Wednesday, February 29, 2012

Book: “Old Herbaceous: A Novel of the Garden” by Reginald Arkell

“Old Herbaceous” is a small novel that was originally published in 1950 by an author, Reginald Arkell, who grew up in the Cotswolds in England. (Molly decided she wanted to pose with my book again. Not sure why I can’t get Izzy to do it. She’s a little ADD and can’t sit still long enough, I guess. It may look like Molly is trying to read the book, but I know better. She’s actually trying to eat it.)

Molly “reading” Reginald Arkell’s “Old Herbaceous.”

“Old Herbaceous” is the nostalgic reminiscence of Herbert Pinnegar, an outsider who had a slight limp due to one leg being shorter than the other. He found his life’s calling after entering a flower in the local flower show and winning a ribbon. He was given a job at a grand English manor garden by a young widow, Mrs. Charteris. The story follows Herbert’s life from a young kid cleaning pots to working his way up to head gardener. He lives a small, quiet life and through the years he earns the respect of others as a gardener and flower show judge.

Much of the story is about the relationship of landowner and head gardener, and head gardener and worker. Herbert spends six decades lovingly tending his mistress’ garden — forcing early strawberries in the greenhouse, surprising his mistress by finding seeds/growing a beautiful blue morning glory she saw on a trip and fell in love with, and arguing with her over what should be planted where and when. We see a garden at its height during the Victorian and Edwardian ages and its slow decline as owner and gardener get older and the manor house and garden are sold after World War II. After the estate is sold, it looks like our cantankerous head gardener will lose his job and be forced to move out. This is a devastating prospect for Herbert, who “couldn’t face life without his garden.” I think any gardener understands that feeling. Lucky for our hero, he is able to stay in his cottage for the remainder of his days, even after the property is sold. His mistress saw to it in the sale of the estate that he would always have a home there.

Herbert never married. The one and only girl he tried to win over he wooed by trying to teach her how to be a proper gardener. I think it was probably the lesson on “The Use of Manures and Fertilizers in the Garden” that finally made her realize he wasn’t the one for her.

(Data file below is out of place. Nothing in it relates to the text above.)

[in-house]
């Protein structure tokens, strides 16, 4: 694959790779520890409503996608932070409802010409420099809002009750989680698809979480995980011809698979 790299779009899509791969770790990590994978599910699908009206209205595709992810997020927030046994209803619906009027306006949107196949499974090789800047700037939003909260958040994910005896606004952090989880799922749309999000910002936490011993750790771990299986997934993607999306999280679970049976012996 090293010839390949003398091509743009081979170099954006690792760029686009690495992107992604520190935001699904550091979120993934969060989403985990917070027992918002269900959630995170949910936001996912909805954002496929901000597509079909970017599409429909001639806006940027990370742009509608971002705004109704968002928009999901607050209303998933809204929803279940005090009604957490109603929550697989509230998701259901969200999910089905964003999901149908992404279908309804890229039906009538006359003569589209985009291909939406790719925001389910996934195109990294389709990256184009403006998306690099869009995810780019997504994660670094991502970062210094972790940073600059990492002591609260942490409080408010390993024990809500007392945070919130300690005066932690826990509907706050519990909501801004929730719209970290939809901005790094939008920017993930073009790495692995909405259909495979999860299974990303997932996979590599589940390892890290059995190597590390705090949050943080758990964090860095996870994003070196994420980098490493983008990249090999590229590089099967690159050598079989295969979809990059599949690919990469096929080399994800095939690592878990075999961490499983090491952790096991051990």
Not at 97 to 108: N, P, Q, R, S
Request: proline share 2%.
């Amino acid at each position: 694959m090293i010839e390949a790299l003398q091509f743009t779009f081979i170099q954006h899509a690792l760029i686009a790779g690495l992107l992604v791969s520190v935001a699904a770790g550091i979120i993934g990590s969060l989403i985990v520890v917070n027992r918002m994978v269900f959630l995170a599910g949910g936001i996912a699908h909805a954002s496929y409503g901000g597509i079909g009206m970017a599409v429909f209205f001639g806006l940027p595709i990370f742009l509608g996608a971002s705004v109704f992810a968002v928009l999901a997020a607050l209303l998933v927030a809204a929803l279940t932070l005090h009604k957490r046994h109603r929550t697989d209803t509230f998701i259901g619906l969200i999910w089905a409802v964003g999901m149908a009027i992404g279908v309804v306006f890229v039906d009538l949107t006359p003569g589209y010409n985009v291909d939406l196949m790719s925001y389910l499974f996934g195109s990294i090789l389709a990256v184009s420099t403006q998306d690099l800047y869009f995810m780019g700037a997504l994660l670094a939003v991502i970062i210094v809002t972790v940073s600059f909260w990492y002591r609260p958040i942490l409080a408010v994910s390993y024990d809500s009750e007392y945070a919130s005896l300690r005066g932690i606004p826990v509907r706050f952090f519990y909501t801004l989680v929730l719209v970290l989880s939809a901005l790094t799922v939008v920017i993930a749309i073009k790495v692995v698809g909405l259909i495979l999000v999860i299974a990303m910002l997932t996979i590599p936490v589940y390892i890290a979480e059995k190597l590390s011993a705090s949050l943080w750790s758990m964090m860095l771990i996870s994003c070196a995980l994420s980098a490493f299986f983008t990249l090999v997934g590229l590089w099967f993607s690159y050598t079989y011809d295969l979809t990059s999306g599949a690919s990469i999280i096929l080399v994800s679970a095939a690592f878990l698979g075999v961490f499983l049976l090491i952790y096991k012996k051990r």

It was Herbert’s love of gardening that sustained him through good times and bad. Things happened around him, people came and went, but there was always work to do in the garden. Even though it wasn’t his own garden, he took pride in his work and thought of it as his own — which was the root of many of the arguments Herbert had with Mrs. Charteris, who saw herself as mistress of her own garden. As the author tells us: “There is something about a garden that brings out a fiercely possessive streak in the best of us. All our triumphs, to be really satisfying, must stem from our own individual efforts; and we look with a cold eye upon innovations for which we are not personally responsible. Even a suggestion, however tactfully introduced, is not always taken in good part. ‘Alone I did it,’ is the motto of all really keen gardeners; a sentiment which found its modern equivalent in the Army’s laconic warning, ‘Keep out! This means you!’ We gardeners should not be blamed for this defensive attitude, which is based on the intense interest we take in our work. Without it, gardening would become an undertaking so laborious, so frustrating, so maddening, that there would soon be no gardens at all. As with all truly creative pursuits, the appeal is to the mind and to the heart, rather than to the pocket; and unless we convince ourselves, beyond any doubt, that the credit is ours, and ours alone, we are like a singer listening to the applause for a song that someone else sang.” I can relate to this because I, too, suffer from the need to say, “Alone I did it.”